Conservatives merge old, new tactics to pressure Liberals over autism funding
OTTAWA - Federal Conservatives will seek today to find out why a request for $3.8 million a year to help families with autism is being ignored by the Liberals.
The Tories are set to use time set aside for opposition motions to call on the government to come through with money for the Canadian Autism Partnership.

FDA, CDC warn certain lead tests may produce too-low results
U.S. health agencies on Wednesday warned that certain blood tests for lead poisoning may give results lower than the actual level of lead.
As a result, some children under 6, along with pregnant and nursing women, may need retesting, the Food and Drug Administration and Centers for Disease Control and Prevention said.

Residents downstream of Shuswap River fuel spill advised to watch water quality
VANCOUVER - Tap water in the North Okanagan city of Enderby, B.C., has been switched to a ground water system as officials take no chances following a fuel spill about 15 kilometres to the east.
A tanker truck spilled just over 4,000 litres of gasoline and 12,500 litres of diesel on Tuesday in a crash near Ashton Creek, beside the Shuswap River.

Christine Lalonde is shown in a handout photo. Almost two million Ontarians -- or 14 per cent of the province's population -- filled prescriptions for opioids in fiscal year 2015-2016, says a new report, suggesting that patients continued to be given the p
Almost 2 million Ontarians given opioids, despite calls to rein in prescribing: report
TORONTO - Almost two million Ontarians — or 14 per cent of the province's population — filled prescriptions for opioids in fiscal year 2015-2016, says a new report, suggesting that patients continued to be given the potent narcotics despite efforts to curtail what's been called a national epidemic of overuse.
The report by Health Quality Ontario, released Wednesday, found that more than nine million prescriptions for the powerful painkillers were filled between April 1, 2015, and March 31, 2016, the mo

Manitoba looks at protections for medical workers in assisted dying cases
WINNIPEG - The Manitoba government is proposing legislation to ensure doctors and nurses aren’t punished if they choose not to participate in an assisted dying case because of their personal convictions.
Bill 34 would prohibit disciplinary or employment sanctions against someone for refusing to help someone die.

Nicholas Sand, creator of famous Orange Sunshine LSD, dies
LOS ANGELES, Calif. - Swiss scientist Albert Hofmann may have invented LSD and Timothy Leary was clearly its most prominent frontman.
But it was a self-taught chemist and obscure-by-choice figure named Nicholas Sand who was the true wizard behind the curtain, the man who launched tens of millions of acid trips across generations by producing the best, most pure, highest-quality acid ever consumed across generations.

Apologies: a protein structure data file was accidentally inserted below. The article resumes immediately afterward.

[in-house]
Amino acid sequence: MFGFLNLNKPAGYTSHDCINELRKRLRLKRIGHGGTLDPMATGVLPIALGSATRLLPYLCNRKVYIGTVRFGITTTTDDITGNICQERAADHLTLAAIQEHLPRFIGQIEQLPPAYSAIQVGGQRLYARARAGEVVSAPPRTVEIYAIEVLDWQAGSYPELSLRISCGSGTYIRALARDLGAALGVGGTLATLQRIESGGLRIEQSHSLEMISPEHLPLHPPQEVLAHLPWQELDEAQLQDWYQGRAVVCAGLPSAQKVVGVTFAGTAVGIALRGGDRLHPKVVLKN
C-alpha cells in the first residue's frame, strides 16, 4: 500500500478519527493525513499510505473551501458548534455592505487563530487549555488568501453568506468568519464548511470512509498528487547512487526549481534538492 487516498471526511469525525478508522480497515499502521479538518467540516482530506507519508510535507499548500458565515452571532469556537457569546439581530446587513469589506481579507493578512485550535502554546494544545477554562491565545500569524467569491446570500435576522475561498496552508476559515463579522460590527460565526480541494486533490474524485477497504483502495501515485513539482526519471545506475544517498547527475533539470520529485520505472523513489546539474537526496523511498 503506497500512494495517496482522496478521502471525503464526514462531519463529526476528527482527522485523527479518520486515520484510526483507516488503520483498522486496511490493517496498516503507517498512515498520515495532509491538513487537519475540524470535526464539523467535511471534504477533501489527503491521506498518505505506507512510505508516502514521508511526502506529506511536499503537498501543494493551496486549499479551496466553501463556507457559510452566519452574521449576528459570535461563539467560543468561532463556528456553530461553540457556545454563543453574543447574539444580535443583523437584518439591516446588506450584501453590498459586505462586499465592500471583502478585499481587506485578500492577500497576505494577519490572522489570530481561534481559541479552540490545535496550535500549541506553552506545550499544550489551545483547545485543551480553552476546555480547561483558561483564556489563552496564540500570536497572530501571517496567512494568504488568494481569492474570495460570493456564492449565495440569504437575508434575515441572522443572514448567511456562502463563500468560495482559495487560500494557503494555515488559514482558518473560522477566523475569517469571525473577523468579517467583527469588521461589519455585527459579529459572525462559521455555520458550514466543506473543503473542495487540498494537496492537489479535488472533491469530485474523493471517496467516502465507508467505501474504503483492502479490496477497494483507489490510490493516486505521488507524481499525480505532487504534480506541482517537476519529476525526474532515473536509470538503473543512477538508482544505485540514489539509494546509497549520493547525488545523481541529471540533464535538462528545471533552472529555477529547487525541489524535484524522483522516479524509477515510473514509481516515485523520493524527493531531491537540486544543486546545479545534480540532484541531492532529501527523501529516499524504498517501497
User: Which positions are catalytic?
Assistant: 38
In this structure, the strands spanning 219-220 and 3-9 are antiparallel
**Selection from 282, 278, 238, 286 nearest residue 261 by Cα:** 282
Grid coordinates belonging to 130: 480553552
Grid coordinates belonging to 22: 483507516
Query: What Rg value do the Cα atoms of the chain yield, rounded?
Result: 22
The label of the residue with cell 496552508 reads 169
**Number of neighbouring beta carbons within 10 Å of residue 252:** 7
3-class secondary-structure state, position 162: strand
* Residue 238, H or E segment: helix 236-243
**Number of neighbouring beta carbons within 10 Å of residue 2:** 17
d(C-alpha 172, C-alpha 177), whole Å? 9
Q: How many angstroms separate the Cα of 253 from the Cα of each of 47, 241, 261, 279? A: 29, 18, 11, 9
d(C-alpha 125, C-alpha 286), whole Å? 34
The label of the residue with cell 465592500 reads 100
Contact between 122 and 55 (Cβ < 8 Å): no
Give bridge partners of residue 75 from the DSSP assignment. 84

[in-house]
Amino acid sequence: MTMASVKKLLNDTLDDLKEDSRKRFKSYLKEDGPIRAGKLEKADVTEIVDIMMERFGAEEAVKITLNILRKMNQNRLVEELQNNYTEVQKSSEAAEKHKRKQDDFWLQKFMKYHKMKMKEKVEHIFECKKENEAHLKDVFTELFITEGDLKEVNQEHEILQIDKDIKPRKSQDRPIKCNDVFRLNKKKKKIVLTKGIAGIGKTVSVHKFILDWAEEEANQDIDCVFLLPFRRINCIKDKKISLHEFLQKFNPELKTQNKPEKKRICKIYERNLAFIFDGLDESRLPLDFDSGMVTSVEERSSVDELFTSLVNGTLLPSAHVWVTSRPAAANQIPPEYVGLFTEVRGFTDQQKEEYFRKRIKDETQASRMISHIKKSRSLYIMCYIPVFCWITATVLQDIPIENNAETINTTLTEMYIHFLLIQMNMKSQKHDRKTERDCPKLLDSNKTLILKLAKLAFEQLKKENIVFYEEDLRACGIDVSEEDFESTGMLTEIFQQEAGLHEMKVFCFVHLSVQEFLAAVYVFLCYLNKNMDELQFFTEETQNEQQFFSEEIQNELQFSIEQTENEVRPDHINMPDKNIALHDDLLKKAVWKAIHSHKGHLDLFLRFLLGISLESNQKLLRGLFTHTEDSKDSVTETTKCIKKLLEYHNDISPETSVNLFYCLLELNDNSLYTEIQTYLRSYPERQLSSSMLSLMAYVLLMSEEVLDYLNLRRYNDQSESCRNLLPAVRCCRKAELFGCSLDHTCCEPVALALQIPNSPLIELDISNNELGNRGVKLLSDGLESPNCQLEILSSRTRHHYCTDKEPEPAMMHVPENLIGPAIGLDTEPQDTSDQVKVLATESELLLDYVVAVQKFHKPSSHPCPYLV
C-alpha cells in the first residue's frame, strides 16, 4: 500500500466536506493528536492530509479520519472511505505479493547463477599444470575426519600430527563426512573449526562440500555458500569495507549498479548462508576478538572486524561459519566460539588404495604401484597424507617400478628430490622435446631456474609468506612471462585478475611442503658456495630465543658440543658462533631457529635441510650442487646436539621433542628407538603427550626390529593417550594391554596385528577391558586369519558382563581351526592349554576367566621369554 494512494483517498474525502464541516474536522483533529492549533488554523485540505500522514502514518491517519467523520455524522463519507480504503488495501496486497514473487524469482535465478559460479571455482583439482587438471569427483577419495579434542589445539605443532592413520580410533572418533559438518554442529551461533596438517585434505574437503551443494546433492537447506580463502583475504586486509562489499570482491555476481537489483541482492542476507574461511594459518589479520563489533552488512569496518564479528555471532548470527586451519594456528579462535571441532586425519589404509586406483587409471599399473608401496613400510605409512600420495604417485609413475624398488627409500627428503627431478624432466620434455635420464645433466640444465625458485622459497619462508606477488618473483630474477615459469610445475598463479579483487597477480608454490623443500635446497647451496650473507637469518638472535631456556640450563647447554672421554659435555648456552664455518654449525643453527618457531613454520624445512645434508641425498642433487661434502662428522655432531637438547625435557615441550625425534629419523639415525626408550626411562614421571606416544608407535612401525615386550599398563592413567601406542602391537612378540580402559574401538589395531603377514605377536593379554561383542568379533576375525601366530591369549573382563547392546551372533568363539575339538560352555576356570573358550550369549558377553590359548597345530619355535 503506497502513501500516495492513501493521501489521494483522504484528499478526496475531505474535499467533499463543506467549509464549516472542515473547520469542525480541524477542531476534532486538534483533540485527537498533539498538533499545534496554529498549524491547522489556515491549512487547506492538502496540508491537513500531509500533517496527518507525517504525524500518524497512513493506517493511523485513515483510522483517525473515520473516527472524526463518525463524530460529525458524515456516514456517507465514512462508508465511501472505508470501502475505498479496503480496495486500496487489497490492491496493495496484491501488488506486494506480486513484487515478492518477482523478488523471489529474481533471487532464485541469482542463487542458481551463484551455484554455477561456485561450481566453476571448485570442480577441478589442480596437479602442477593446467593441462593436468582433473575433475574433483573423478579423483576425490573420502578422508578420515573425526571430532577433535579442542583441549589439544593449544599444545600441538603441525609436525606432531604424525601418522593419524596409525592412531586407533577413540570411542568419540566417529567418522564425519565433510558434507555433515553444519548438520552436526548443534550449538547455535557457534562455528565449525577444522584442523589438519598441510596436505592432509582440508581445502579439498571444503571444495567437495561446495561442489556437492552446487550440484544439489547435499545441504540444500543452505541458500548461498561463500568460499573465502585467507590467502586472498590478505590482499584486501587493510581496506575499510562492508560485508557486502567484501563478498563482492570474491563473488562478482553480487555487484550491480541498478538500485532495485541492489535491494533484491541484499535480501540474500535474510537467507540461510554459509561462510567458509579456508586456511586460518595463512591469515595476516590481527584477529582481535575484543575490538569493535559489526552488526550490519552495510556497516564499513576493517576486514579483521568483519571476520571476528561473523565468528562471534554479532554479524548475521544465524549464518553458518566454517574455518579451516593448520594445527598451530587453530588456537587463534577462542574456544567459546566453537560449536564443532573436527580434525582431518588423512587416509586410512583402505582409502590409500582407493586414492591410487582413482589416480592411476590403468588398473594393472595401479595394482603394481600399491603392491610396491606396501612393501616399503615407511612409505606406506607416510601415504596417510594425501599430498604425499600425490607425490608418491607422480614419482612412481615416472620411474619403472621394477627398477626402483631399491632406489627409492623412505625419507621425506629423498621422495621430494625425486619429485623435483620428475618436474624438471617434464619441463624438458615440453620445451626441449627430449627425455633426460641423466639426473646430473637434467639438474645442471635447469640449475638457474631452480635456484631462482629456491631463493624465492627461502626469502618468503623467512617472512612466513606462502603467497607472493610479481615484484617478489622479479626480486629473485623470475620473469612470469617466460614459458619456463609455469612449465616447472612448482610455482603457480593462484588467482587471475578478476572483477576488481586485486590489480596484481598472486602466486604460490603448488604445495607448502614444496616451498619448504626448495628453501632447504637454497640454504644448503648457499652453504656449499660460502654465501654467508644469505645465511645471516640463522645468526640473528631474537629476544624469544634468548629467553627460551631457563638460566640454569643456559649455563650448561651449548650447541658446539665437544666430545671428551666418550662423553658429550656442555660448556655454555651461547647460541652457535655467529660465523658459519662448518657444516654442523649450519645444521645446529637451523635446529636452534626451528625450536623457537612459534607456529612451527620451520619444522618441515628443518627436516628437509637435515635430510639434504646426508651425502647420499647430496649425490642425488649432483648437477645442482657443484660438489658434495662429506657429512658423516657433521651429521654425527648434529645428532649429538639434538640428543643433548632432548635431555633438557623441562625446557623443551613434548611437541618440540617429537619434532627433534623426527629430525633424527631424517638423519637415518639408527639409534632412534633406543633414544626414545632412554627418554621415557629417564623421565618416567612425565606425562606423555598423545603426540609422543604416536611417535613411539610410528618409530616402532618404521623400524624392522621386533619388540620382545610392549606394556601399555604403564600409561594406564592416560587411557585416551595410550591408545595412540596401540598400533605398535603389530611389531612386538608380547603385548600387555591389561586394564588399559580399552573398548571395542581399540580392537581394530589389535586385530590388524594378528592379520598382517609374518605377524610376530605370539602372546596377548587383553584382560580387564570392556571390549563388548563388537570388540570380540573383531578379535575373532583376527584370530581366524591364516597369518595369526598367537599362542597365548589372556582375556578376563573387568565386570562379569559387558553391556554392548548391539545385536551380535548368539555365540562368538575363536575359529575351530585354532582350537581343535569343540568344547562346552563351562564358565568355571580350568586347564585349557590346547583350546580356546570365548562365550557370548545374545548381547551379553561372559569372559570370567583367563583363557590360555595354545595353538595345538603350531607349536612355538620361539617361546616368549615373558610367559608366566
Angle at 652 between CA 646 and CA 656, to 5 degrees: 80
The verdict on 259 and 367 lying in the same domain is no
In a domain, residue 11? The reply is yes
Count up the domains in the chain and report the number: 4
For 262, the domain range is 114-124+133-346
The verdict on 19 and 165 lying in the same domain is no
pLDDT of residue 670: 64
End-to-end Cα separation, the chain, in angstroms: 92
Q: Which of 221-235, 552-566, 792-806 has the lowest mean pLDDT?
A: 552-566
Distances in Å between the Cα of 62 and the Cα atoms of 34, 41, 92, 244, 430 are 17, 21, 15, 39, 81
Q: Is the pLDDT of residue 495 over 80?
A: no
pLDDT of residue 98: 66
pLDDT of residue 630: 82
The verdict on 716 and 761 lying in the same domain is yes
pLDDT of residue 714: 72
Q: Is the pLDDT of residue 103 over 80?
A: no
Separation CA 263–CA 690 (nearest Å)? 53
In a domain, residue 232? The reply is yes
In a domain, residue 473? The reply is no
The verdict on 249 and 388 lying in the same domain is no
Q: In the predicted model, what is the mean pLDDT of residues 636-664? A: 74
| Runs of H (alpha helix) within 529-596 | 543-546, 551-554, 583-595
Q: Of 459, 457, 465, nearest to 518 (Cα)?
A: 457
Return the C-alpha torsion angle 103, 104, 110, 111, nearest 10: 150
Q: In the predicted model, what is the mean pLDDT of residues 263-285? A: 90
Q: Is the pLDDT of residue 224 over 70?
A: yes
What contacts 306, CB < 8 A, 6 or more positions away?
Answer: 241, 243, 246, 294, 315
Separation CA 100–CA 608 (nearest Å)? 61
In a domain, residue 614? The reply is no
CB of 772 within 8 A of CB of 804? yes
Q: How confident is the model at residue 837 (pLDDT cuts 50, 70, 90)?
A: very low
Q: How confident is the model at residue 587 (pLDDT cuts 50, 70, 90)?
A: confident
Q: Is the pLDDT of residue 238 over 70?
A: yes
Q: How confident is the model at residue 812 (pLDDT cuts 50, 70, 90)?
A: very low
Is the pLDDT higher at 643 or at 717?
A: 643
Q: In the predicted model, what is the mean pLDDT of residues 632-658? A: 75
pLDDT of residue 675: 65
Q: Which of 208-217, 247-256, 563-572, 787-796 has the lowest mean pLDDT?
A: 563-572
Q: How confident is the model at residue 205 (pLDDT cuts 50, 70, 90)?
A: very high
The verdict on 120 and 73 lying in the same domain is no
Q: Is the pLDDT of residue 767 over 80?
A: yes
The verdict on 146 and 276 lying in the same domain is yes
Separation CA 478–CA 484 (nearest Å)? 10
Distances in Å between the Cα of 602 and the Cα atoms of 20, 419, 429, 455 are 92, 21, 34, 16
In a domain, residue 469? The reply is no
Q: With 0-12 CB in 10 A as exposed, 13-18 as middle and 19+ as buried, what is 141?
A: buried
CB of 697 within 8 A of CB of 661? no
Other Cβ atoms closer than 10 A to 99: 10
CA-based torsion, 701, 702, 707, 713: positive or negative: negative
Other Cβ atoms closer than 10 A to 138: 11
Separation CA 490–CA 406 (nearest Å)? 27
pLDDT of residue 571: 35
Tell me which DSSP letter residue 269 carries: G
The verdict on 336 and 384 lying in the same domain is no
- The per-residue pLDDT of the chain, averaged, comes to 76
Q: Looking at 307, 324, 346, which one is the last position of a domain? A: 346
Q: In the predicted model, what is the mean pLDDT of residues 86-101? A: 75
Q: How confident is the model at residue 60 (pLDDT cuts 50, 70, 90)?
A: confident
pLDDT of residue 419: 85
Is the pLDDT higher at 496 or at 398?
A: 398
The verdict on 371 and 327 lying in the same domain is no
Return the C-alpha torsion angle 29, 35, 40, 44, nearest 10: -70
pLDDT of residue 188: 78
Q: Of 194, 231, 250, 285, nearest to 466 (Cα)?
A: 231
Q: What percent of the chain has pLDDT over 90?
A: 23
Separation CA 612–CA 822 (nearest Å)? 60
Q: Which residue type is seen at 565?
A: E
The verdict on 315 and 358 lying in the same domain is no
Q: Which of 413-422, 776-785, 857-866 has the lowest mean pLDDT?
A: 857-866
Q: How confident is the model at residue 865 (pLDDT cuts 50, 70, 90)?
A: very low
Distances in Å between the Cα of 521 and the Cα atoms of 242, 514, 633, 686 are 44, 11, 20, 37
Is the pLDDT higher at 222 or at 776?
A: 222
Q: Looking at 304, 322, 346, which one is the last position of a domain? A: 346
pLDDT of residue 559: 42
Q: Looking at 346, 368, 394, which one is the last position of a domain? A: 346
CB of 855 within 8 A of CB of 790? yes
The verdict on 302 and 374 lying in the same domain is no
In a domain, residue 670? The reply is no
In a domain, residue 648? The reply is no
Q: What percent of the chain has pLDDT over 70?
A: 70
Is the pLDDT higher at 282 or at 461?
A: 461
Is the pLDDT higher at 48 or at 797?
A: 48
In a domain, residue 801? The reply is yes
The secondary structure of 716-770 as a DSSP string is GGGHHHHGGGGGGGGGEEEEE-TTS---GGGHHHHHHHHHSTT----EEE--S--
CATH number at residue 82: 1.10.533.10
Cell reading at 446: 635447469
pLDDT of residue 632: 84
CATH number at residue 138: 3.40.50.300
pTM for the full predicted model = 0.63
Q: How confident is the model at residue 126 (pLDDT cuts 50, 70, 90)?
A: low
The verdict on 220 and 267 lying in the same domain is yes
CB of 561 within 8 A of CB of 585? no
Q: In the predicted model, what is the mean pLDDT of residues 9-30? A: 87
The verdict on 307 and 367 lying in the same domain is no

FILE - This Sept. 22, 2010 file photo shows bottles of the abortion-inducing drug RU-486 in Des Moines, Iowa. A new study published Tuesday, May 16, 2017 shows medical abortions done at home with online help and pills sent by mail appear to be just as safe
Study: Taking abortion pill at home as safe as in a clinic
LONDON - Medical abortions done at home with online help and pills sent in the mail appear to be just as safe as those done at a clinic, according to a new study.
The research tracked the outcomes of 1,000 women in Ireland and Northern Ireland, who used a website run by a group called Women on Web to get abortion pills. The Netherlands-based non-profit provides advice and pills to women seeking an early abortion in more than 140 countries where access to abortion is restricted. Ireland and Northern Ire

Party chairman to meet anti-abortion Democratic group
DES MOINES, Iowa - Democratic National Committee Chairman Tom Perez plans to meet with an anti-abortion Democratic group amid divisions within the party over whether to back candidates opposed to abortion.
Democrats for Life Executive Director Kristen Day said Tuesday that the DNC and her group were in talks about scheduling a meeting with Perez, who proclaimed last month it is "not negotiable" that "every Democrat, like every American, should support a woman's right to make her own choices about her b

Health Minister Jane Philpott dicusses the high cost of pharmaceuticals during a speech to the Economic Club of Canada in Ottawa, Tuesday, May 16, 2017. THE CANADIAN PRESS/Fred Chartrand
Federal health minister vows to bring down 'unacceptably high' drug costs
OTTAWA - Health Minister Jane Philpott pledged action Tuesday to bring down "unacceptably high drug costs" as she announced consultations on a suite of proposed regulatory changes related to a drug prices board designed to protect consumers.
The Patented Medicine Prices Review Board — first created 30 years ago to ensure companies do not use monopolies to charge excessive costs — is now limited in its ability to protect consumers from high drug prices, Philpott said during lunchtime remarks hosted by t

Mounties missing mark on mental health programs, auditor general says
OTTAWA - The RCMP is failing to meet the mental health needs of its members due to a lack of resources, poor monitoring and meagre support from supervisors, says the federal spending watchdog.
While the Mounties were among the first federal organizations to introduce a mental health strategy, they did not make its full implementation a priority, auditor general Michael Ferguson says in a report tabled Tuesday.